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  • Disney and Space Tourism

    I was just watching one of my "Tomorrowland" DVD's that presents the "Man in Space" episode from the "Disneyland" television series, and I started speculating about how close we are to space tourism.

    In a recent thread about the queue to Space Mountain, I mentioned a space elevator as a possible fictitious means to transport guests to Space Station 77. But, considering that the technology and materials to create a space elevator are now available and that the cost of such a thing is estimated to only be about $10 billion, regular and affordable travel into space may be something possible within our lifetimes.

    Is the space elevator something Disney should be exploring? And, if so, how close do you think the general public is to actually visiting space?

  • #2
    Re: Disney and Space Tourism

    While an interesting idea, I doubt it will ever be a reality. There's no reason to live in space. There's so much undeveloped land on the Earth that could be reclaimed with the resources that the elevator would require. Maybe when the world's socio-political problems are solved, and we find a cure for the major diseases that kill us, we can move on to living in space.

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    • #3
      Re: Disney and Space Tourism

      While Disney may not ever become the provider of space travel by elevator, it would intrigue me for Disney to partner with people like Richard Branson/Virgin One and bring replicas of Space One to Disneyland.

      Also each year a competition is held for inventors/engineers on the concept of building a space elevator, it would be amazing to bring the exhibits to DL, which usually offer high end graphic dramatizations of how the elevators would work.






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      • #4
        Re: Disney and Space Tourism

        Originally posted by PragmaticIdealist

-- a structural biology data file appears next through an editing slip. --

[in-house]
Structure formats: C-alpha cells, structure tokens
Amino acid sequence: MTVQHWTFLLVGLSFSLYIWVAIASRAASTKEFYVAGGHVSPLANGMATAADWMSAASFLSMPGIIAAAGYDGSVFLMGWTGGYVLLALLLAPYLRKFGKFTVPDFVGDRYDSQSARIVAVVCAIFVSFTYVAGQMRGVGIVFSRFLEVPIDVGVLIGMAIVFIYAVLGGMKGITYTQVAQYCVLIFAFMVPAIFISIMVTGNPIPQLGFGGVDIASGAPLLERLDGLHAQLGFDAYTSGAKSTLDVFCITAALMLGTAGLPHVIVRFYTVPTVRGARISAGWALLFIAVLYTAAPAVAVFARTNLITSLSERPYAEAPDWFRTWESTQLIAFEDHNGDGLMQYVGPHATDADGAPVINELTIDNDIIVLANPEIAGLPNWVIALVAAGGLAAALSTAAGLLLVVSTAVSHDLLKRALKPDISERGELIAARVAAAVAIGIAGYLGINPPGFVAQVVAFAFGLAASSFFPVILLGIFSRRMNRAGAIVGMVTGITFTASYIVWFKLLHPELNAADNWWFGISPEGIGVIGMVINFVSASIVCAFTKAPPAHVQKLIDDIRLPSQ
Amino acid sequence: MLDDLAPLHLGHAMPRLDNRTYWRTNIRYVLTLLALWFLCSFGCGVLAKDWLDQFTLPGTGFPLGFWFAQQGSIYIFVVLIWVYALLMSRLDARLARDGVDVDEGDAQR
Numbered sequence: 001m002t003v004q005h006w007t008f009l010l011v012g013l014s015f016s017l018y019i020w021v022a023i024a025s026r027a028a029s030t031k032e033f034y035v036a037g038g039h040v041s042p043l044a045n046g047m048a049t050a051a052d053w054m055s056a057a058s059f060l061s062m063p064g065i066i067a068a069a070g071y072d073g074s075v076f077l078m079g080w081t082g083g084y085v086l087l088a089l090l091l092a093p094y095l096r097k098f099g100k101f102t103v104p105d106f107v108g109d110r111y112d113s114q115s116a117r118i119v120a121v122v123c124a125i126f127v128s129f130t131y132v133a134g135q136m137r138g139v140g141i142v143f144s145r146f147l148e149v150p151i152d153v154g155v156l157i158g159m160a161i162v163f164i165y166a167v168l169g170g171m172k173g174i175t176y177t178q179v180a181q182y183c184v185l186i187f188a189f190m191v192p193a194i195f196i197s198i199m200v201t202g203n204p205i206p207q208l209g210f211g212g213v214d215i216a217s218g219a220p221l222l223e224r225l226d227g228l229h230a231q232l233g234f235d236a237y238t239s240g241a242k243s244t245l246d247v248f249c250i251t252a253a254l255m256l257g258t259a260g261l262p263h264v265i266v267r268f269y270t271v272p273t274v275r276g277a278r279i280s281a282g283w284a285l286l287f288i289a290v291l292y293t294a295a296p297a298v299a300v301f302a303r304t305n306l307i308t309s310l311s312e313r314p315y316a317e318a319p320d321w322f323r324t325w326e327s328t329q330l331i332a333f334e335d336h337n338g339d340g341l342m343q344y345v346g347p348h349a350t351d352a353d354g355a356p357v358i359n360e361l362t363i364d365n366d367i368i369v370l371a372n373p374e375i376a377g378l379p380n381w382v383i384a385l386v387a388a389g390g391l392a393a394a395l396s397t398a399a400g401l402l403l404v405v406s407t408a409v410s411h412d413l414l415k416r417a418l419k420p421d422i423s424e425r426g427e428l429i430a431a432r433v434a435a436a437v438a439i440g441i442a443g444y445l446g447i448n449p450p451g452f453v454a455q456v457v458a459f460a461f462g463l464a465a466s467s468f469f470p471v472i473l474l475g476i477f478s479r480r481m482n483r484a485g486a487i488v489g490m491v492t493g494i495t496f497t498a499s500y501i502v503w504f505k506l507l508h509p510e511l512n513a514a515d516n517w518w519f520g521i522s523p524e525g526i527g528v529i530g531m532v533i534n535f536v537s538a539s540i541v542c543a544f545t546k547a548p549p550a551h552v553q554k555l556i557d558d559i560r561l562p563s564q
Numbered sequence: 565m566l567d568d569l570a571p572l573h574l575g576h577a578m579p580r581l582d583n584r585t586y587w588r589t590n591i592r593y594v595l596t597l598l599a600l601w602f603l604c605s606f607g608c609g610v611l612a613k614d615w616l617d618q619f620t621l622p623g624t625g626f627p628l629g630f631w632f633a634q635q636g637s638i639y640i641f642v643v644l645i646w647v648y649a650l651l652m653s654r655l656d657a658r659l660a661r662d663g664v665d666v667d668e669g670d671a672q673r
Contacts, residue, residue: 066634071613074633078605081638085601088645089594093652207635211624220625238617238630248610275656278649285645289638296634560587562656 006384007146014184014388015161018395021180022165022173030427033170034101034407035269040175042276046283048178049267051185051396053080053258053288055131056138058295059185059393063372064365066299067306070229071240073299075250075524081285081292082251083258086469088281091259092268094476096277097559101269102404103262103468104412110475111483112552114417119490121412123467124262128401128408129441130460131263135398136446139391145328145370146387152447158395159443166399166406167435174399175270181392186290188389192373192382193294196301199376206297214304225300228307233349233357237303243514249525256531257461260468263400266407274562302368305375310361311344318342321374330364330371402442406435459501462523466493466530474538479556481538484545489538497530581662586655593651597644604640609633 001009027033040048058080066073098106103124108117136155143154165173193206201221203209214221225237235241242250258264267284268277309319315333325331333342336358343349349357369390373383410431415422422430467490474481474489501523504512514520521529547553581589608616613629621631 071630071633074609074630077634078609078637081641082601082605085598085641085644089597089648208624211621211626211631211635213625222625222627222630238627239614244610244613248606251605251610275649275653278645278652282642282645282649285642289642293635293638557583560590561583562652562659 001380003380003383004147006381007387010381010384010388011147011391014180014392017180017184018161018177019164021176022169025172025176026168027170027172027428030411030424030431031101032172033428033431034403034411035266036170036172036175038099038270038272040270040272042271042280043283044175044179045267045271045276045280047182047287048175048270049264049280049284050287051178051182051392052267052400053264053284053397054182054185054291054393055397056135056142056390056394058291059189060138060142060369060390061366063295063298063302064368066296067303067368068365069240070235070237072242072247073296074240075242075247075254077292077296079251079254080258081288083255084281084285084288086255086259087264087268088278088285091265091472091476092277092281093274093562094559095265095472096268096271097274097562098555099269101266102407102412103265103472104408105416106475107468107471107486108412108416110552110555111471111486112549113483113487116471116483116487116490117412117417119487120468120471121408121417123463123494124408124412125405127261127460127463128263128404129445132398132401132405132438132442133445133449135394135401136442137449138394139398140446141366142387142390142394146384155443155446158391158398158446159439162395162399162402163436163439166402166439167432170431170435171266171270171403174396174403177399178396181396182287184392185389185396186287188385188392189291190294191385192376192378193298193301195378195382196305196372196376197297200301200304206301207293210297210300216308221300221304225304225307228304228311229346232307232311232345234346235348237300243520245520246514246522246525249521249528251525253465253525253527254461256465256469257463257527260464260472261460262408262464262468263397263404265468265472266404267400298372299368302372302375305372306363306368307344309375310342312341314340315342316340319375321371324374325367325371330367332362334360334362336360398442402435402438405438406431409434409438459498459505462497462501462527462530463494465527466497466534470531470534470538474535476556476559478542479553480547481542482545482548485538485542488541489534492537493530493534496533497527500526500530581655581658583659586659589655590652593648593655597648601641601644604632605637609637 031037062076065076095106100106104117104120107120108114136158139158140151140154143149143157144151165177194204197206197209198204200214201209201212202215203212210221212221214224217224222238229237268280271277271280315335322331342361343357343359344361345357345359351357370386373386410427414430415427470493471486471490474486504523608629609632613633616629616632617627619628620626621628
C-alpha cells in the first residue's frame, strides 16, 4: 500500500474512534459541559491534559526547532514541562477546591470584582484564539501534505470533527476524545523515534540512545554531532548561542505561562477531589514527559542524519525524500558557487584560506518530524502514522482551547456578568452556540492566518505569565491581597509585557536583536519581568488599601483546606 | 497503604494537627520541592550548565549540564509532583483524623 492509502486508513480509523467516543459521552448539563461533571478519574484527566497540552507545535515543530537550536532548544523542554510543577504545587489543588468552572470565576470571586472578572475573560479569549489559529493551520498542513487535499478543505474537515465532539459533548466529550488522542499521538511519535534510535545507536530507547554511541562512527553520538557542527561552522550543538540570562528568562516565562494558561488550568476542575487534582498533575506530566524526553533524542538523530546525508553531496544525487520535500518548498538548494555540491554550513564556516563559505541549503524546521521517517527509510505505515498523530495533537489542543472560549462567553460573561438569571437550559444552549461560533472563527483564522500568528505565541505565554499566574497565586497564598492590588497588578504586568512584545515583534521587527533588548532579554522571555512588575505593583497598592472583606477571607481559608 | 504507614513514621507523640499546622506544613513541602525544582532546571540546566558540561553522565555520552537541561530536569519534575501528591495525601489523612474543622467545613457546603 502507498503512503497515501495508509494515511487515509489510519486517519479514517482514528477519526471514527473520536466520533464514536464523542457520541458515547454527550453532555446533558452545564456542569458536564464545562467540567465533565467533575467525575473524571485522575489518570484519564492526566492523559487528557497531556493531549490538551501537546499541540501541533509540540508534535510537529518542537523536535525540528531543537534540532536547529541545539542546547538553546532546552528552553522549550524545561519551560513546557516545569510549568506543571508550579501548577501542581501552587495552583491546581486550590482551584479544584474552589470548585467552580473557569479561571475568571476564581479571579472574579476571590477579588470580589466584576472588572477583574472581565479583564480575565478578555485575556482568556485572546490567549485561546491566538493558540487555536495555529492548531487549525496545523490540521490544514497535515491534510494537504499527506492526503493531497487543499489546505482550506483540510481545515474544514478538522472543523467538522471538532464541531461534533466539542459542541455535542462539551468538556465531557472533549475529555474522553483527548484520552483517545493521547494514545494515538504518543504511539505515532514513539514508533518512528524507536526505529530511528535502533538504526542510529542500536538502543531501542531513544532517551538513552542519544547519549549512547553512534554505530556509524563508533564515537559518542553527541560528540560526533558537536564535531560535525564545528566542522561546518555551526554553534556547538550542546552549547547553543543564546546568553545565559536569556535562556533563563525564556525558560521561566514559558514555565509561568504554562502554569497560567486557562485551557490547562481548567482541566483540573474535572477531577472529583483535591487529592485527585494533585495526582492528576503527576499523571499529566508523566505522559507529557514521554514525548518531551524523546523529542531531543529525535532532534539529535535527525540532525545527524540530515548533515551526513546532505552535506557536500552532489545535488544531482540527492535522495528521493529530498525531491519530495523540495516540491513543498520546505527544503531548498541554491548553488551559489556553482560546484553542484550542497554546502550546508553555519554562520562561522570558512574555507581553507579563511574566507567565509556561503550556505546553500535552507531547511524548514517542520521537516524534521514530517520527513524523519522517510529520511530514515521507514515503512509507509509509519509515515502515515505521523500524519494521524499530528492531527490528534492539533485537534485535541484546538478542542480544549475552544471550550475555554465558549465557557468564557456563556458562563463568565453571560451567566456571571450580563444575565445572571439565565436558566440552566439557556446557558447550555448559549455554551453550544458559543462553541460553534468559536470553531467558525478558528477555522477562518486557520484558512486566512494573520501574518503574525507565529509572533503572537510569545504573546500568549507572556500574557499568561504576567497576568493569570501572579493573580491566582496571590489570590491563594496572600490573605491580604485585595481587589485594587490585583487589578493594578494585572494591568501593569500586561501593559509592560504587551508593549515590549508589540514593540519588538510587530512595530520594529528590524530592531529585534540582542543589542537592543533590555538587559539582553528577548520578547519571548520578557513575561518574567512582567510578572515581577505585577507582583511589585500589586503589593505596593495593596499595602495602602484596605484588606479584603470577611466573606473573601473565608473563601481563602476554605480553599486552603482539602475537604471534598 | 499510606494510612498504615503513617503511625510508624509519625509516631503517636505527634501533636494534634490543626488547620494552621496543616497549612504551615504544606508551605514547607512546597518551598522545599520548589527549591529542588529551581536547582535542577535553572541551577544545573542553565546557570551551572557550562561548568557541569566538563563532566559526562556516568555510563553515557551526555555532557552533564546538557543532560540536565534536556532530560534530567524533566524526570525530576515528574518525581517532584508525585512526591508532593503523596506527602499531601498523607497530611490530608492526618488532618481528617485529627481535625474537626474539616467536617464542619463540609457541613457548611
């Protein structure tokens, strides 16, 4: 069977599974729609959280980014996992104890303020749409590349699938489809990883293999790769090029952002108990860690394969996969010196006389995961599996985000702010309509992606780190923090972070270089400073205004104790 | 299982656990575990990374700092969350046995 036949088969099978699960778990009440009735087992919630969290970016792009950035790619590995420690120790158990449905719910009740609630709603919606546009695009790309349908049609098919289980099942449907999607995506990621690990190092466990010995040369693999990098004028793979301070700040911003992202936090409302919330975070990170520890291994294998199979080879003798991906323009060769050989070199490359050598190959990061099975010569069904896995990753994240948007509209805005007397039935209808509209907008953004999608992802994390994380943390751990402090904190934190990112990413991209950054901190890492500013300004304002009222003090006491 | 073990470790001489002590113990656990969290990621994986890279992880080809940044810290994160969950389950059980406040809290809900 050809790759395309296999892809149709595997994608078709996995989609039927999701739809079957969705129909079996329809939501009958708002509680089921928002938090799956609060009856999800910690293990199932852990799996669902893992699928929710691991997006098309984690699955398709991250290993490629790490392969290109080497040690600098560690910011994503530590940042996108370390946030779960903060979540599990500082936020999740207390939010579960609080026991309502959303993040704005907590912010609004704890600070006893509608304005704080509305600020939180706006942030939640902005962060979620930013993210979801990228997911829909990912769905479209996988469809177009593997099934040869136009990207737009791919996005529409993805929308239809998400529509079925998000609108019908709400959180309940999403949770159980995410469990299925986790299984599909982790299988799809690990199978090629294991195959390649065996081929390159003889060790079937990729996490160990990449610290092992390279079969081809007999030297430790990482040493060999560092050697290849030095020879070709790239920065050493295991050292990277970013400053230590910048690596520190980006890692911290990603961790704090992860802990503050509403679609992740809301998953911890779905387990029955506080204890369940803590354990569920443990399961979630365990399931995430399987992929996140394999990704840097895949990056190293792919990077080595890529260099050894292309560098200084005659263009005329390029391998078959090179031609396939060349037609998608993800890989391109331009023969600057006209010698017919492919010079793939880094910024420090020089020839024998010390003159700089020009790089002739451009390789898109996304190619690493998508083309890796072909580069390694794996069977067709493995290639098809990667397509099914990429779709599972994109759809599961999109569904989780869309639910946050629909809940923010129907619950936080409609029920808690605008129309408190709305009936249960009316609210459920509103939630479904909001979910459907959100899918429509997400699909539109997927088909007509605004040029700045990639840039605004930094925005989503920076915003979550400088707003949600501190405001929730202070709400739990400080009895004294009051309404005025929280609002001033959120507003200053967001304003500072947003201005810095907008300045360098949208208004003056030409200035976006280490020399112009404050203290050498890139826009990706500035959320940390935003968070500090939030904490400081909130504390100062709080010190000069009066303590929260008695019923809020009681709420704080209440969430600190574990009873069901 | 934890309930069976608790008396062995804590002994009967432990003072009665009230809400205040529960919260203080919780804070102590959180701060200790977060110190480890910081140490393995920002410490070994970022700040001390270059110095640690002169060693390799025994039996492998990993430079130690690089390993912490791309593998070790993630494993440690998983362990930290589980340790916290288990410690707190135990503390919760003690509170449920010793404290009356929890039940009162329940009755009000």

Is the space elevator something Disney should be exploring? And, if so, how close do you think the general public is to actually visiting space?
        I don't think - but I am biased - that Disney would need to be involved in space elevators any more than they are involved with terrestrial airlines or freight companies. Being in the business of moving people around doesn't seem to be their core expertise.

        That said, if a nice man from Disney were to cut a check I doubt we'd turn him down ...

        The last question? Soon - within my working lifetime.

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        • #5
          Re: Disney and Space Tourism

          Originally posted by Sosai X
          While an interesting idea, I doubt it will ever be a reality. There's no reason to live in space. There's so much undeveloped land on the Earth that could be reclaimed with the resources that the elevator would require. Maybe when the world's socio-political problems are solved, and we find a cure for the major diseases that kill us, we can move on to living in space.
          People choose where to live - or where to settle - based on a number of reasons. Lack of undeveloped land is usually pretty low on the list. Political reasons, adventure, making money are all up higher than that.

          But really - the 10 billion estimate is an optimistic low end. It might well be twice that. And so? 10 billion is an aircraft carrier. They're estimating 17 billion to rebuild New Orleans. For the price of two aircraft carriers or one New Orleans you could have a space elevator (if we're lucky). That's cheap.

          Also please note that the world socio-political problems will never be 'solved' - and cheap access to space will relieve a number of crisis problems we have right now.

          But I am biased. Sorry for the interruption - back to things Disney now.